We ordered an assortment of nigiri sushi pieces ($3.25-4.50), along with a California Roll ($4.50) and Spicy Yellowtail Roll ($6.25). The sushi was artfully arranged on a teal platter with shavings of pickled ginger in two of the corners and a perfectly thumbed ball of wasabi in another. Sushi roll slices had a delicate teardrop shape and sesame seeds sprinked throughout the rice, but the rice had an odd, crumbly texture for normally sticky-sweet sushi rice. The California roll passed muster and the spicy yellowtail roll was fine, but except for the smoky flakes of eel, the individual pieces of nigiri sushi didn't leave a favorable impression.

Each order of nigiri sushi has two slices each of the substance in question. We got an order of mackerel, eel, tuna, and tamago, each slice draped over a ball of rice with a tiny smear of wasabi in between. The mackerel, with its shiny rind of silver skin, was unappetizing, I had one unpleasantly fishy bite of the tuna, and instead of being a fluffy sweet egg cake, the tamago was glossy, flat, syrupy sweet, and had a distinctly fishy taste.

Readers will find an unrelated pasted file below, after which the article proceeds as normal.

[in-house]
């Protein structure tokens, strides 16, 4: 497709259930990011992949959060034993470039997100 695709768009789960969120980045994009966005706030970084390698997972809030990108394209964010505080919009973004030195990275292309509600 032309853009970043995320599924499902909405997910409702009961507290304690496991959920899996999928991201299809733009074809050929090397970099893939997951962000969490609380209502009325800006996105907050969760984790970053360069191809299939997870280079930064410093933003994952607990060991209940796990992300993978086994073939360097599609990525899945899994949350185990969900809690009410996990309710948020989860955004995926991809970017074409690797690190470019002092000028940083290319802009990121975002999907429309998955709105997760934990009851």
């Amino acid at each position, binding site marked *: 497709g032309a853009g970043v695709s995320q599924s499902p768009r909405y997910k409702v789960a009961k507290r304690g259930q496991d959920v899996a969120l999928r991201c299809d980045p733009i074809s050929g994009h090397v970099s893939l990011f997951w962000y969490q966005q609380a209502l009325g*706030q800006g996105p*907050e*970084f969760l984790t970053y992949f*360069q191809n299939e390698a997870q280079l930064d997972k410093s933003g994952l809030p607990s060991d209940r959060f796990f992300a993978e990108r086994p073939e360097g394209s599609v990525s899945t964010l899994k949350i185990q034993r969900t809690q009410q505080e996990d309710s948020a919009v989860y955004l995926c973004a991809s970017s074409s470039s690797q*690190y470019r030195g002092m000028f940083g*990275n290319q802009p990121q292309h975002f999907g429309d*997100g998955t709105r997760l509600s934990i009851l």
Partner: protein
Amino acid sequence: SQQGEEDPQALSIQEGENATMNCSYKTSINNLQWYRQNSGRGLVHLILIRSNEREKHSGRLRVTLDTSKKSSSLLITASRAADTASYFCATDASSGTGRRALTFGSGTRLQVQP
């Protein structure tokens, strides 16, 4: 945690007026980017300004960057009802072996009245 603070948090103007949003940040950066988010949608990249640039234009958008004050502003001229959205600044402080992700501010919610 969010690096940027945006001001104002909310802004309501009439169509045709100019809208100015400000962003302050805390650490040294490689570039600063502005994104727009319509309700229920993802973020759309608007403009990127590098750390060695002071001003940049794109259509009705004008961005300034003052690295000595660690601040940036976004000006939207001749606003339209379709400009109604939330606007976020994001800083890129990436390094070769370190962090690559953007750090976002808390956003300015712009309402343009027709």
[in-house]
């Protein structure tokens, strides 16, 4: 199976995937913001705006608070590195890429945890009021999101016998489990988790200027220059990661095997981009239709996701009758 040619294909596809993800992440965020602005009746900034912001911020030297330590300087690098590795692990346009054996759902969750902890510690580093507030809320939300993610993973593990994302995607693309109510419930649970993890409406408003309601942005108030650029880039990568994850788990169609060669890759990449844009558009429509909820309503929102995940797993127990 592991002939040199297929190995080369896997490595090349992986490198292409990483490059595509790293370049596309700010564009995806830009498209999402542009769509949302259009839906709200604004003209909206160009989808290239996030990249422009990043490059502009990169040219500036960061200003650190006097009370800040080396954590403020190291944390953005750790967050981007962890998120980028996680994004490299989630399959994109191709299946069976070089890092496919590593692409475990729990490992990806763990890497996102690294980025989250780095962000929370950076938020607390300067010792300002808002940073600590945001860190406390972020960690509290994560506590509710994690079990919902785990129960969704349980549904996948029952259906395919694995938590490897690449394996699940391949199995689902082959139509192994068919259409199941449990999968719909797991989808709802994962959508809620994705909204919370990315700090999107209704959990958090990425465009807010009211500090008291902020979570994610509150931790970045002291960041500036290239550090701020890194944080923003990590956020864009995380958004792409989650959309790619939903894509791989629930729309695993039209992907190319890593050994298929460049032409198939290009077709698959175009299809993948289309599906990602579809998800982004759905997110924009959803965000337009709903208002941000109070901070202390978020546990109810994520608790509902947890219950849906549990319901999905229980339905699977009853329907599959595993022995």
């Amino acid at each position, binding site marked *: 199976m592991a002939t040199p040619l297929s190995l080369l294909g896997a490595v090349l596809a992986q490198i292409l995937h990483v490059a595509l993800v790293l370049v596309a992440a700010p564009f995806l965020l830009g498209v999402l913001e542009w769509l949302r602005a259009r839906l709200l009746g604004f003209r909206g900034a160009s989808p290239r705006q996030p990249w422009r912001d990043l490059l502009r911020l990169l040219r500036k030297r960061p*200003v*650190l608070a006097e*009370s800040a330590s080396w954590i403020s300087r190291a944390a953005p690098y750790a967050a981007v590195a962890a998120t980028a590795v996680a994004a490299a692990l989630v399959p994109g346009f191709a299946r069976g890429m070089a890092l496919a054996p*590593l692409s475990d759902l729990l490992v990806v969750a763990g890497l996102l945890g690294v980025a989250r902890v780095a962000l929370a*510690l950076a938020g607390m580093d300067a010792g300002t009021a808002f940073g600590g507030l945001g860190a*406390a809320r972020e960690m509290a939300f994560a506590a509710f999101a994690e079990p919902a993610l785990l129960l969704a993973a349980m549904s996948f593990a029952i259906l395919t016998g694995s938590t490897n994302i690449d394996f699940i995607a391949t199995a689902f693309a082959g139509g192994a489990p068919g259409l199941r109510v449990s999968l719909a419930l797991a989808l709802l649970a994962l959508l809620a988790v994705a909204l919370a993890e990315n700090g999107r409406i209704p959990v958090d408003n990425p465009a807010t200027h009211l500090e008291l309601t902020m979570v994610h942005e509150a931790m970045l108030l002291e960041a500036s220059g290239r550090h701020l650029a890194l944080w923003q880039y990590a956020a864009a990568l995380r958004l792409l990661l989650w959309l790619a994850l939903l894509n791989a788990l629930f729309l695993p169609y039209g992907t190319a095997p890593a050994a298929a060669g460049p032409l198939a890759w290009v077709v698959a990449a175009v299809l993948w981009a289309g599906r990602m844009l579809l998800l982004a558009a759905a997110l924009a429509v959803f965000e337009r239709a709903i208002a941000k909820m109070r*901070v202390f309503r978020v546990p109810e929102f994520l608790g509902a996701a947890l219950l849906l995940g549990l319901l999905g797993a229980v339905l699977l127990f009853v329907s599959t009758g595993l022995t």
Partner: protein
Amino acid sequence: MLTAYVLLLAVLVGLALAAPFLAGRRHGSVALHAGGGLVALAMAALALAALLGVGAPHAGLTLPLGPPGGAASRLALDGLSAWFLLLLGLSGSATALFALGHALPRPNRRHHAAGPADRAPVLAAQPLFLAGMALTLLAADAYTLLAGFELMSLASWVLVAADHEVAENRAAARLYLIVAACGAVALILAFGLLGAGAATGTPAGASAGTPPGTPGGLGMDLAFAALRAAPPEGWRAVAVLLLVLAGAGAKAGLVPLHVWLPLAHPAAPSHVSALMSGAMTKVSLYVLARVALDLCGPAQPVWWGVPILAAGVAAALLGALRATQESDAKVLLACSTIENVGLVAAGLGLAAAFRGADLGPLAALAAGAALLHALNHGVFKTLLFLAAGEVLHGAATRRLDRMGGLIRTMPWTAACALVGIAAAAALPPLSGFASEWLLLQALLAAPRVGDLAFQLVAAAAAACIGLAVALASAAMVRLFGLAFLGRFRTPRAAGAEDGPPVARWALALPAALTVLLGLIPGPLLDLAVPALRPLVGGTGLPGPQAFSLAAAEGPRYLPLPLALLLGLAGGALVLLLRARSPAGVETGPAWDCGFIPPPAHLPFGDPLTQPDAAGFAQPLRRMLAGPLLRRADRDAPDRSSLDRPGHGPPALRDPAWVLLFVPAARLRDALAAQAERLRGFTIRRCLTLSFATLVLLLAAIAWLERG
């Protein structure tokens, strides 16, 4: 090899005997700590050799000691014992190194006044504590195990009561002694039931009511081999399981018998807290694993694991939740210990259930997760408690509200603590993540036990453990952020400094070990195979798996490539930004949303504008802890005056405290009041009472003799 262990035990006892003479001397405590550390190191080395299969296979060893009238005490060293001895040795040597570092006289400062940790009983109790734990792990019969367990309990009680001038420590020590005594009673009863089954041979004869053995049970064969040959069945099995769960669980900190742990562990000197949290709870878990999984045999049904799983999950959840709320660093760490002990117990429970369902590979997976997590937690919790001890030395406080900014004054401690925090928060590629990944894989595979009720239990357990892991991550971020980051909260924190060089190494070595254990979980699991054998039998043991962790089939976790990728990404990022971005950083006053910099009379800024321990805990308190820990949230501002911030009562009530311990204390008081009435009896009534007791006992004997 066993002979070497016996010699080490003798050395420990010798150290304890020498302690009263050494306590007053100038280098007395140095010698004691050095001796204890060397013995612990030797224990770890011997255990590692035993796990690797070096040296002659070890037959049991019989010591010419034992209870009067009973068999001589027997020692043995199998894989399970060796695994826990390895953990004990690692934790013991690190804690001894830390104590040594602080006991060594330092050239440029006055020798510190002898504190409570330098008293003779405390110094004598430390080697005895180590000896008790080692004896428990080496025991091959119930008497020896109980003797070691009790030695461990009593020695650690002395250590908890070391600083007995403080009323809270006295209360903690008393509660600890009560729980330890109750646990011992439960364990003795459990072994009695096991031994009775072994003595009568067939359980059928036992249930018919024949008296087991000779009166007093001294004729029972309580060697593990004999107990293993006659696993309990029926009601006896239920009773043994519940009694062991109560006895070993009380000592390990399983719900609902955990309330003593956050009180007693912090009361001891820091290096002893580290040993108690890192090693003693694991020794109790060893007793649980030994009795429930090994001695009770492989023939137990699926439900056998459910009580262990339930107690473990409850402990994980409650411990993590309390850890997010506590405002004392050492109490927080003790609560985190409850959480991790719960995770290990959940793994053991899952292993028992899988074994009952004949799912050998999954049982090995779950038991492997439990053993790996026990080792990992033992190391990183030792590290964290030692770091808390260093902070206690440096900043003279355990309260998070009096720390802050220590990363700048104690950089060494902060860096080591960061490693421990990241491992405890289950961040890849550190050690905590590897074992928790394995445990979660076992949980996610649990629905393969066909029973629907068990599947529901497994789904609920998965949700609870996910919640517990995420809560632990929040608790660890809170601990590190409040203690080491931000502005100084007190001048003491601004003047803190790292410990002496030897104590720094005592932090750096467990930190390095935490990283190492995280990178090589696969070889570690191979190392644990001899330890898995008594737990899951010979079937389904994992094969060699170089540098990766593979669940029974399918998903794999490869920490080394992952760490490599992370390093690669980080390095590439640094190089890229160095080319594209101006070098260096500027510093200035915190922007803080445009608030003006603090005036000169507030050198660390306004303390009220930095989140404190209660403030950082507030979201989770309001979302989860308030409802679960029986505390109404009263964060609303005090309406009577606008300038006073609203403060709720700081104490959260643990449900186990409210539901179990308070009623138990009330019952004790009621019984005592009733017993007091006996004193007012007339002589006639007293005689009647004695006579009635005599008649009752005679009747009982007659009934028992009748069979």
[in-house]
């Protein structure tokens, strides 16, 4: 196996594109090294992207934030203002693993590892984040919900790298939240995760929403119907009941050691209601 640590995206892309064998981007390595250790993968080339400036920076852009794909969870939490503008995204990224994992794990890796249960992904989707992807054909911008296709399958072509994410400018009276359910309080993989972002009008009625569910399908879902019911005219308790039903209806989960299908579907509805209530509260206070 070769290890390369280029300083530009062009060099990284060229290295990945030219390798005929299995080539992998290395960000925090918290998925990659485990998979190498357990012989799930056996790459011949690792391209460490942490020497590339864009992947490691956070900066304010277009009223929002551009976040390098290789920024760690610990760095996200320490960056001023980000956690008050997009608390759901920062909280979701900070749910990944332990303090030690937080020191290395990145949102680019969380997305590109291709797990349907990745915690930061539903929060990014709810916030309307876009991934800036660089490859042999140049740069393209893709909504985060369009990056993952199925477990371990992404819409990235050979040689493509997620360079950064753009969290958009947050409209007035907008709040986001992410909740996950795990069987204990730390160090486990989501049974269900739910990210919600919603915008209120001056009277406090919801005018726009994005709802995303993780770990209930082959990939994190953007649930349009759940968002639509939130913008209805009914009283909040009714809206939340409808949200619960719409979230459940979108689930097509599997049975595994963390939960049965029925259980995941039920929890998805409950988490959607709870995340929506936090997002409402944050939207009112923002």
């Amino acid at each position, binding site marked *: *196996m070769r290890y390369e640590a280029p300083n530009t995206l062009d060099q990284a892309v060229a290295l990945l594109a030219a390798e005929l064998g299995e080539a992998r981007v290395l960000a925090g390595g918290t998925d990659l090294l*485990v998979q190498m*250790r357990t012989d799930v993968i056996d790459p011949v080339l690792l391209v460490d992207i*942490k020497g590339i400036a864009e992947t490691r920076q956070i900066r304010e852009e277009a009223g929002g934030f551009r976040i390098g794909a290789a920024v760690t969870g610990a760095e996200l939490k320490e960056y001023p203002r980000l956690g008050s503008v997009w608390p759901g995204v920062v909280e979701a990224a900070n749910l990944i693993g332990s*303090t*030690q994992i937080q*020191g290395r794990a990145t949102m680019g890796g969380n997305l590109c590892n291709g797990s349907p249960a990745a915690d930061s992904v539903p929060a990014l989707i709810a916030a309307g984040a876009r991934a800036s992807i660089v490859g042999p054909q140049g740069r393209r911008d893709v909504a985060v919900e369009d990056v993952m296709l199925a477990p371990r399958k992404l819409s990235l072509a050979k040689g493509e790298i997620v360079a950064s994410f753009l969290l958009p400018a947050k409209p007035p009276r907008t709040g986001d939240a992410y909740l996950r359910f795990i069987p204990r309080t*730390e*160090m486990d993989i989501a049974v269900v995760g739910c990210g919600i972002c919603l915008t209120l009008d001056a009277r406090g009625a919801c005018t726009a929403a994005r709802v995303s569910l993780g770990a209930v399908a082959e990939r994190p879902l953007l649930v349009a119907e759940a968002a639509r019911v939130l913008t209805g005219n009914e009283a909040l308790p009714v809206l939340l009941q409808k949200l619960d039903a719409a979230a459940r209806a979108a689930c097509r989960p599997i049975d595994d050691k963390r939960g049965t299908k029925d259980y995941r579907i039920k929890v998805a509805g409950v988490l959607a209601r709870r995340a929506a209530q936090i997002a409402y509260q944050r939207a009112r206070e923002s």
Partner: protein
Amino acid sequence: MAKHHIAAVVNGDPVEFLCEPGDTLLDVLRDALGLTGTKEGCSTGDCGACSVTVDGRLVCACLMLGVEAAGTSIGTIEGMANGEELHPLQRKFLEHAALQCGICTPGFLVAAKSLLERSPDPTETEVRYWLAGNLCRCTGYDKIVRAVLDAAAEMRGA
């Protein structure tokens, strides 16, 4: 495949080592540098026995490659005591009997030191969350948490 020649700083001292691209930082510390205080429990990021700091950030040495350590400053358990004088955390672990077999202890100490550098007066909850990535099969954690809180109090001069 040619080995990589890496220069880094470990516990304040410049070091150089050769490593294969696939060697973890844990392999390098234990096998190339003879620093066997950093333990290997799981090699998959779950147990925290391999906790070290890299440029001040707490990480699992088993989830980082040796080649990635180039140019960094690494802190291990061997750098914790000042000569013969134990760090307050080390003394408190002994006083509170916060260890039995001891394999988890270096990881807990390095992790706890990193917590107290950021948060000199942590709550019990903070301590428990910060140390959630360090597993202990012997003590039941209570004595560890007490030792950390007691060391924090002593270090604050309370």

Unfortunately, our impression of Koreana was ultimately tarnished by the sushi experience. The irony is that during the first visit, we ate almost exclusively seafood -- salmon, mussels, and shrimp -- and my fellow eater and I both remarked that everything was really appetizing and seemed to be at the peak of perfection. With this in mind, it may be fair to give the sushi another chance another time. In the meantime, I look forward to visiting the charming, polite, well-kempt Koreana again, to sample the rest of their excellent Korean food.